Fire Departments – In Charles County and St. Mary’s County, we rely on local volunteer fire departments to save our lives in an emergency. They get a lot of their money through Christmastime donation drives. Often, they go door to door. Unfortunately, some unsavory characters have taken advantage of that in the past, and may do so in the future.

Several years ago, some guy claiming to be affiliated with one of the volunteer fire departments was getting cash donations and pocketing the money. He went to jail. If someone shows up at your door claiming to be from the local fire department, check his or her credentials, and get a receipt. If you feel uneasy about it, call the fire department (the local number – not 911) to ask about the person. In any event, don’t give them cash. If you are really convinced they are legitimate, write a check.

Beware a firefighter charity with a general sounding name. In Montana this year, an organization called the Firefighters Support Foundation sent mailers to thousands of people. They were a fake organization with a catchy sounding name. They formed an actual organization, so even if you wrote a check it didn’t protect you. They simply cashed the checks and pocketed all the money.

Telemarketers – This is a very busy time of year for cold calls from telemarketers soliciting charitable donations. Even if you are on the Federal Do Not Call list, you could get a call from a charity. They are exempt from the requirements of the Do Not Call law. So how do you know if they are real or fake when they call?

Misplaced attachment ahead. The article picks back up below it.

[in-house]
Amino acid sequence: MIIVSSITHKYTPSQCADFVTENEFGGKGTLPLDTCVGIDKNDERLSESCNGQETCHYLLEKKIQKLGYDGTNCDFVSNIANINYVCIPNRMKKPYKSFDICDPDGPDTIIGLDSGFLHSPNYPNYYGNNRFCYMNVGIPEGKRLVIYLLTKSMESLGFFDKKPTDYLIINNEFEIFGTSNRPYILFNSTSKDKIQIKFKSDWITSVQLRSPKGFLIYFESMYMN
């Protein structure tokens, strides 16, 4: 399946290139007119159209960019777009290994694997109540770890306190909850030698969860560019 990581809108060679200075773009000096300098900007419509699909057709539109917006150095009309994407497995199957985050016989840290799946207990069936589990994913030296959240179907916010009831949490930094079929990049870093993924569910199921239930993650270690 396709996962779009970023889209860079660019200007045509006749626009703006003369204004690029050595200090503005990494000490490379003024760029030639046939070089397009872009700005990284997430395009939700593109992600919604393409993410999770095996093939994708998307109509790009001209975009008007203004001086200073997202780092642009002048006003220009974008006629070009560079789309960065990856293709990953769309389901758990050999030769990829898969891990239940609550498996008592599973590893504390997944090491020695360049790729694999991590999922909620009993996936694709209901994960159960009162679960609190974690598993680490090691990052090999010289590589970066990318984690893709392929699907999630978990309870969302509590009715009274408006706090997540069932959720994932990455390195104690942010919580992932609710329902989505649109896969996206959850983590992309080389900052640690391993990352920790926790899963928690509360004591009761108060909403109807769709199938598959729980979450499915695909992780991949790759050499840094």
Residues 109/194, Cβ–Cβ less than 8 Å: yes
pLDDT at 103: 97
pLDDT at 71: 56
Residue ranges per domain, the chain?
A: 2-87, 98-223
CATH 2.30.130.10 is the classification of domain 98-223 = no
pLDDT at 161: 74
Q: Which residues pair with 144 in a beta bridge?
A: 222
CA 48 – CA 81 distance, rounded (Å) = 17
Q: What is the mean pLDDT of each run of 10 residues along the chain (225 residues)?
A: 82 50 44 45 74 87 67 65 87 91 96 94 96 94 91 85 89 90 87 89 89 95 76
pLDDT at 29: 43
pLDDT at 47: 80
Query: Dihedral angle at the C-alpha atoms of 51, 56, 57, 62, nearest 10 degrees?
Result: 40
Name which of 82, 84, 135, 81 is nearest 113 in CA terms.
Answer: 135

Unfortunately, there really is no way to know. They could lie about who they are. They could spoof their caller ID to look like they come from the real charity. They could use a name very similar to a charity you know well.

Our best advice is to never give money to a telemarketer who cold calls you. If you are moved by their sales pitch, and want to help their organization, you can still make the donation. Just do it by mail. Go to their website and get their address and mail it directly to them. Look them up on the Secretary of State’s website.

Whatever you do, don’t give your credit card number over the phone. It’s too risky.

Say No To Requests for your Social Security Number – There is no reason to give your social security number to a charity. They don’t need it. But some legitimate charitable organizations have inadvertently given out their donor’s social security numbers when they file forms with the IRS listing their sources of income. An identity thief can access these forms (which are public records) and get your social security number if you gave it up. Don’t do it.

Coming Up Next – Taking these precautions will make it much safer for you to donate to a charity during this holiday season. Next week, we will give you another list of holiday scams to avoid that don’t involve charitable solicitations. Unfortunately, there is no shortage of scams to report on. 

Despite all that bad news, we wish you and your family a very safe and happy holiday season.

Next Steps